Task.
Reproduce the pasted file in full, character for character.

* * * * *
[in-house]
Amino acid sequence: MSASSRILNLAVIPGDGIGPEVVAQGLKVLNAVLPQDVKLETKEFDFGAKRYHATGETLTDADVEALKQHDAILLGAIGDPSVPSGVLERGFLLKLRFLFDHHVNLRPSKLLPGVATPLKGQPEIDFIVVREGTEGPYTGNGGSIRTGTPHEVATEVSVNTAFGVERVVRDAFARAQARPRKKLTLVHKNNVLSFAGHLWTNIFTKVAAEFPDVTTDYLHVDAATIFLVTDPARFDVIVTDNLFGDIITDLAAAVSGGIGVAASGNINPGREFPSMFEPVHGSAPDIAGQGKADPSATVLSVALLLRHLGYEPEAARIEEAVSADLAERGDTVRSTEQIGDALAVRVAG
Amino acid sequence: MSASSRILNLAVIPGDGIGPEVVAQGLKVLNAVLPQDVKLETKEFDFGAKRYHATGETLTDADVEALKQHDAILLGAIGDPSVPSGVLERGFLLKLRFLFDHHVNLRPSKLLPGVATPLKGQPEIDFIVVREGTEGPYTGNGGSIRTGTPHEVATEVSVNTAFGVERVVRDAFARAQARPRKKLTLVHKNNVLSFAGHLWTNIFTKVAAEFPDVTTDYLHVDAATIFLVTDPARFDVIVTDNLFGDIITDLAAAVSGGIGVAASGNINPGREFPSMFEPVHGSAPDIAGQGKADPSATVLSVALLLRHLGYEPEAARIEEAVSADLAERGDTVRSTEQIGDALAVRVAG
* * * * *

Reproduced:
[in-house]
Amino acid sequence: MSASSRILNLAVIPGDGIGPEVVAQGLKVLNAVLPQDVKLETKEFDFGAKRYHATGETLTDADVEALKQHDAILLGAIGDPSVPSGVLERGFLLKLRFLFDHHVNLRPSKLLPGVATPLKGQPEIDFIVVREGTEGPYTGNGGSIRTGTPHEVATEVSVNTAFGVERVVRDAFARAQARPRKKLTLVHKNNVLSFAGHLWTNIFTKVAAEFPDVTTDYLHVDAATIFLVTDPARFDVIVTDNLFGDIITDLAAAVSGGIGVAASGNINPGREFPSMFEPVHGSAPDIAGQGKADPSATVLSVALLLRHLGYEPEAARIEEAVSADLAERGDTVRSTEQIGDALAVRVAG
Amino acid sequence: MSASSRILNLAVIPGDGIGPEVVAQGLKVLNAVLPQDVKLETKEFDFGAKRYHATGETLTDADVEALKQHDAILLGAIGDPSVPSGVLERGFLLKLRFLFDHHVNLRPSKLLPGVATPLKGQPEIDFIVVREGTEGPYTGNGGSIRTGTPHEVATEVSVNTAFGVERVVRDAFARAQARPRKKLTLVHKNNVLSFAGHLWTNIFTKVAAEFPDVTTDYLHVDAATIFLVTDPARFDVIVTDNLFGDIITDLAAAVSGGIGVAASGNINPGREFPSMFEPVHGSAPDIAGQGKADPSATVLSVALLLRHLGYEPEAARIEEAVSADLAERGDTVRSTEQIGDALAVRVAG